• Follow USIP’s events and activities by tuning in to webcasts and podcasts
  • Request a group visit to USIP, or contact us to invite a USIP speaker to your classroom or community
  • Mark your calendar for September 21 and take up the Peace Day Challenge with USIP!
Map of the US

The Public Education program brings USIP’s work to audiences across the United States. In 2018 alone, this included visits to schools and communities in Montana, Oklahoma, North Carolina, Illinois, Kansas, Missouri and Florida. Combined with onsite programs at USIP for visiting groups, virtual outreach activities, and flagship year-long programs for students and educators, USIP serves the American public in all 50 states.

Latest Publications

Central Asia and Coronavirus: When Being Nomadic Isn’t Enough

Central Asia and Coronavirus: When Being Nomadic Isn’t Enough

Friday, April 3, 2020

By: Gavin Helf, Ph.D.

“Do you know how nomads prevent conflict?” a Kazakh friend once asked me. “I turn this way; you turn the other way. We start walking.” In ordinary times in Central Asia, this traditional “social distancing” may be enough to avert friction. But in a time of pandemic, it isn’t. Like elsewhere, the novel coronavirus is challenging Central Asian states and societies in new ways and revealing a great deal about the character of peoples and their governments. Here’s a look across the region at how the crisis has affected its states and how leaders have responded.

Type: Analysis and Commentary

Fragility & Resilience

Six Challenges Facing a Fragile Middle East Amid Coronavirus

Six Challenges Facing a Fragile Middle East Amid Coronavirus

Wednesday, April 1, 2020

By: Ambassador Hesham Youssef

The COVID-19 pandemic has proven a challenge even for wealthy countries with the most robust health care systems. For the Middle East—a region with no shortage of dangerous pre-existing conditions—it could be far worse. The virus now appears to be spreading to a part of the world where, over the past decade, conflict and displacement have become widespread while effective governance and social cohesion have eroded.

Type: Analysis and Commentary

Fragility & Resilience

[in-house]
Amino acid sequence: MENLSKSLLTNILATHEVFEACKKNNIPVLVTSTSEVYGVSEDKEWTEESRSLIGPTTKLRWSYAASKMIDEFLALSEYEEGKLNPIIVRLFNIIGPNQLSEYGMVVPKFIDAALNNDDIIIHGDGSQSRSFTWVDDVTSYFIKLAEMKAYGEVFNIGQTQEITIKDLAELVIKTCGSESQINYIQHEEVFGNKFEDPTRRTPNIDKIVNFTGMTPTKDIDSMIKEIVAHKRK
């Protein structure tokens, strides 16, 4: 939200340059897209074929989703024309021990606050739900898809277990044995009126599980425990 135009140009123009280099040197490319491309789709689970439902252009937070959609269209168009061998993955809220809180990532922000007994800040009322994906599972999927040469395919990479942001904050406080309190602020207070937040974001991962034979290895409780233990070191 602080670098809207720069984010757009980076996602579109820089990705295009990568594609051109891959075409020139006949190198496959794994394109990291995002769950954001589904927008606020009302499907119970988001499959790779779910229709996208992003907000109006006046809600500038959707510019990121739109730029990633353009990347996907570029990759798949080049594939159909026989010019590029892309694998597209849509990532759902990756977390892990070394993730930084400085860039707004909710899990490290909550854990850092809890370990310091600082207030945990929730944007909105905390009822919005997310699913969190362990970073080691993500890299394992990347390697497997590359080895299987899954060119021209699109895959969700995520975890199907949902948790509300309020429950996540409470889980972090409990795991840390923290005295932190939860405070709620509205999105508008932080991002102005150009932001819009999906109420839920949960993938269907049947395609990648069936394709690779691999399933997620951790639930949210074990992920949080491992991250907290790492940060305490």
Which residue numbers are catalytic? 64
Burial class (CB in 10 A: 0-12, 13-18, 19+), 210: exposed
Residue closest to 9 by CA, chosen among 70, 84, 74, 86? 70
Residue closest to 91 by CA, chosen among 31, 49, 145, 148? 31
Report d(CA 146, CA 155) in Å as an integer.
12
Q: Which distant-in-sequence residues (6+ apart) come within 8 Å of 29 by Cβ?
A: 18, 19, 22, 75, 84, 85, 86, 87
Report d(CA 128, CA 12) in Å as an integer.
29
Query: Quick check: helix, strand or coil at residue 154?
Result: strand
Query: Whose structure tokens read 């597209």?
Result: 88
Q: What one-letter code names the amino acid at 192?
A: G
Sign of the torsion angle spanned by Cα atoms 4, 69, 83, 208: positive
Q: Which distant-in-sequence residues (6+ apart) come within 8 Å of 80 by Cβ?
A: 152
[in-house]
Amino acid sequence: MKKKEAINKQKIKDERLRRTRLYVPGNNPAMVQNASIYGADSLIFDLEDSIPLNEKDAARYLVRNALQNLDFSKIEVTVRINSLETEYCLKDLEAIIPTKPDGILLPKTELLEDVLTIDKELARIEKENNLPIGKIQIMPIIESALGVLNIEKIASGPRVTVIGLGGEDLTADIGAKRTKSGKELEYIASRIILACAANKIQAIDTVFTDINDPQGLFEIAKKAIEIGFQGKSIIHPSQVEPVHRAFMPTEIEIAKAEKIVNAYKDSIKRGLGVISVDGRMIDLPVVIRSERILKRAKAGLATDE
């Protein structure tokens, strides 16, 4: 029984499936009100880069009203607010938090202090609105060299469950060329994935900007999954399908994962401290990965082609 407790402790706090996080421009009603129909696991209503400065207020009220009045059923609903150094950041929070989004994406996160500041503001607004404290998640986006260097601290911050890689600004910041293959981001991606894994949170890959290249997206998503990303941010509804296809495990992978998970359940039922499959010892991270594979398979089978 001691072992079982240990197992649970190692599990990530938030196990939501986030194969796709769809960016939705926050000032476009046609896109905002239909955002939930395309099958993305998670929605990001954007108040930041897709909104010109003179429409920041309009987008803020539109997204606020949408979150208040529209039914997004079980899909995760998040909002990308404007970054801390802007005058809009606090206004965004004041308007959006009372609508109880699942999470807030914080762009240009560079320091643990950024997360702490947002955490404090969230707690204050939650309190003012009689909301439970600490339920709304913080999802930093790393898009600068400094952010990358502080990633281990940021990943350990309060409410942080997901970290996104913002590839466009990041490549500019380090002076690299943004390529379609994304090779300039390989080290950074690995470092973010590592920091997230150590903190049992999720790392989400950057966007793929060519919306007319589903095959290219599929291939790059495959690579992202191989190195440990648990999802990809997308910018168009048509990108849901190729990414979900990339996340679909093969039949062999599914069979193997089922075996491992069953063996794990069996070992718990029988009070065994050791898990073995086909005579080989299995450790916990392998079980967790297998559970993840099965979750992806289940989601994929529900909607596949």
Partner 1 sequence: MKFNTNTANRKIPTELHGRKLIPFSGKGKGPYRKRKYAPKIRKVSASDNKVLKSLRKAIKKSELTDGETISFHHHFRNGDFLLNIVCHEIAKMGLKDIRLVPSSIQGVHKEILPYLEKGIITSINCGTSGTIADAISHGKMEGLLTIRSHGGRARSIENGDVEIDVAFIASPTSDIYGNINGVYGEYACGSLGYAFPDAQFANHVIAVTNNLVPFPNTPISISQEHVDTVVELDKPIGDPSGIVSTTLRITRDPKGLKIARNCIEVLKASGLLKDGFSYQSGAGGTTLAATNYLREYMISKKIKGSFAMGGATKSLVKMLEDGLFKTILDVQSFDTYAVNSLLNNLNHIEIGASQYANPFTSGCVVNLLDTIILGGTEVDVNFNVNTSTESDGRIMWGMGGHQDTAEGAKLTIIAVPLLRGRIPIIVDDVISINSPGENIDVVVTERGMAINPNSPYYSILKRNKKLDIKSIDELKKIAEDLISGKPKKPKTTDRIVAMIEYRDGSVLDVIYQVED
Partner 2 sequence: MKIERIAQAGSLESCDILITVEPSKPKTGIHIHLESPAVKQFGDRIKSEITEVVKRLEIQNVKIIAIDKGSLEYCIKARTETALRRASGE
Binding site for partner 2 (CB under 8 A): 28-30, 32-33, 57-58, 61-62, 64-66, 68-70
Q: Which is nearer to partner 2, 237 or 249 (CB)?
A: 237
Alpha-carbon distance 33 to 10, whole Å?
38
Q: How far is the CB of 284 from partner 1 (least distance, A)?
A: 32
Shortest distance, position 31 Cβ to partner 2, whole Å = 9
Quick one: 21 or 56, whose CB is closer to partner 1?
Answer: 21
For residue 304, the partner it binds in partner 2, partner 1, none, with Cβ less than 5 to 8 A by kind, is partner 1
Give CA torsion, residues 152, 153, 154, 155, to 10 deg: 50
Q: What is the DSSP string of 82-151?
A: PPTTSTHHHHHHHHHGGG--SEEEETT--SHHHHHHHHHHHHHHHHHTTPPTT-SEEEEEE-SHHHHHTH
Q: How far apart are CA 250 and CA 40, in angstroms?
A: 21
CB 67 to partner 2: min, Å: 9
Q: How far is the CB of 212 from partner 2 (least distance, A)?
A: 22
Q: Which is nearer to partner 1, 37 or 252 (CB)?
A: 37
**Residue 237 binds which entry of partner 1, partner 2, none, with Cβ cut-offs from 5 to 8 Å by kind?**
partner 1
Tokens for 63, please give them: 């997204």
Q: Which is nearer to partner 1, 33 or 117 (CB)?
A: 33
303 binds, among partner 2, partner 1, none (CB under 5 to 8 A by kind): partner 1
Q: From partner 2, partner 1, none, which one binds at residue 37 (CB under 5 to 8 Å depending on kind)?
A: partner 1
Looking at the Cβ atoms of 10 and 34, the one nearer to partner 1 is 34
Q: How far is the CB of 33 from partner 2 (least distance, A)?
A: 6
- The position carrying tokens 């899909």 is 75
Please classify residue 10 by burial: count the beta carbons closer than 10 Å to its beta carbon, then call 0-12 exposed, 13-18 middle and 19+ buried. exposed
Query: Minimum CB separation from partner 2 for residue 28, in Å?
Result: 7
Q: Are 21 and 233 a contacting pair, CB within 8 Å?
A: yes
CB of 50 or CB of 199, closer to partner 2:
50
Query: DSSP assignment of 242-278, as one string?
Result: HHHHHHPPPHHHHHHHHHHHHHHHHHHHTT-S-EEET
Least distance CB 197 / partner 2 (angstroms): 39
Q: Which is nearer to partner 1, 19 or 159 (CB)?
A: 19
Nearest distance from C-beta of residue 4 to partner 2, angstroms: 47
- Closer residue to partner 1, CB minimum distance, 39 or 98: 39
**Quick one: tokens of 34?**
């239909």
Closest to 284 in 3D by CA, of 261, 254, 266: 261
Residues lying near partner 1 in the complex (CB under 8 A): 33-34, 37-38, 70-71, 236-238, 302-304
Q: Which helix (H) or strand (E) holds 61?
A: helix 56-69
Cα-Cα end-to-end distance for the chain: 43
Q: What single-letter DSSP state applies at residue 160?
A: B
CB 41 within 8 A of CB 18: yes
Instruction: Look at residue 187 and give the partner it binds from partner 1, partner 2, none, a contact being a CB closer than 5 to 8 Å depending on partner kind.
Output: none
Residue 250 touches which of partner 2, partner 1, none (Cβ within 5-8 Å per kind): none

In Gaza, Israelis and Palestinians Face a Common Foe in Coronavirus

In Gaza, Israelis and Palestinians Face a Common Foe in Coronavirus

Wednesday, April 1, 2020

By: Lucy Kurtzer-Ellenbogen; Robert Barron

On March 22, authorities in Gaza affirmed the inevitable: the first two confirmed cases of COVID-19 in the Gaza Strip. Gazan officials reported that the two men were immediately quarantined upon entry via Egypt’s Rafah border crossing with the enclave and have remained there, along with all those who had been in contact with them. Yet, since then, the number of confirmed cases has jumped to 10, and the question of how long a further spread of the virus into Gaza can be contained weighs heavily for this densely populated territory, long beleaguered by wars and severe deficiencies in its healthcare infrastructure.

Type: Analysis and Commentary

Conflict Analysis & Prevention

Pakistan’s Looming Coronavirus Crisis

Pakistan’s Looming Coronavirus Crisis

Wednesday, April 1, 2020

By: Cyril Almeida; Richard Olson

In the weeks since Pakistan’s first confirmed cases of coronavirus, the country’s response has laid bare troubling weaknesses in governance, public health, and economic stability—and raised serious questions about Pakistan’s capacity to weather a large-scale outbreak absent significant international assistance. USIP’s Cyril Almeida and Ambassador Richard Olson look at how friction between the military and federal government poses a risk to Pakistan’s democracy, the possible avenues for medical and economic relief, and what COVID-19 means for the situation in Kashmir and Pakistan’s role in the Afghan peace process.

Type: Analysis and Commentary

Democracy & Governance; Fragility & Resilience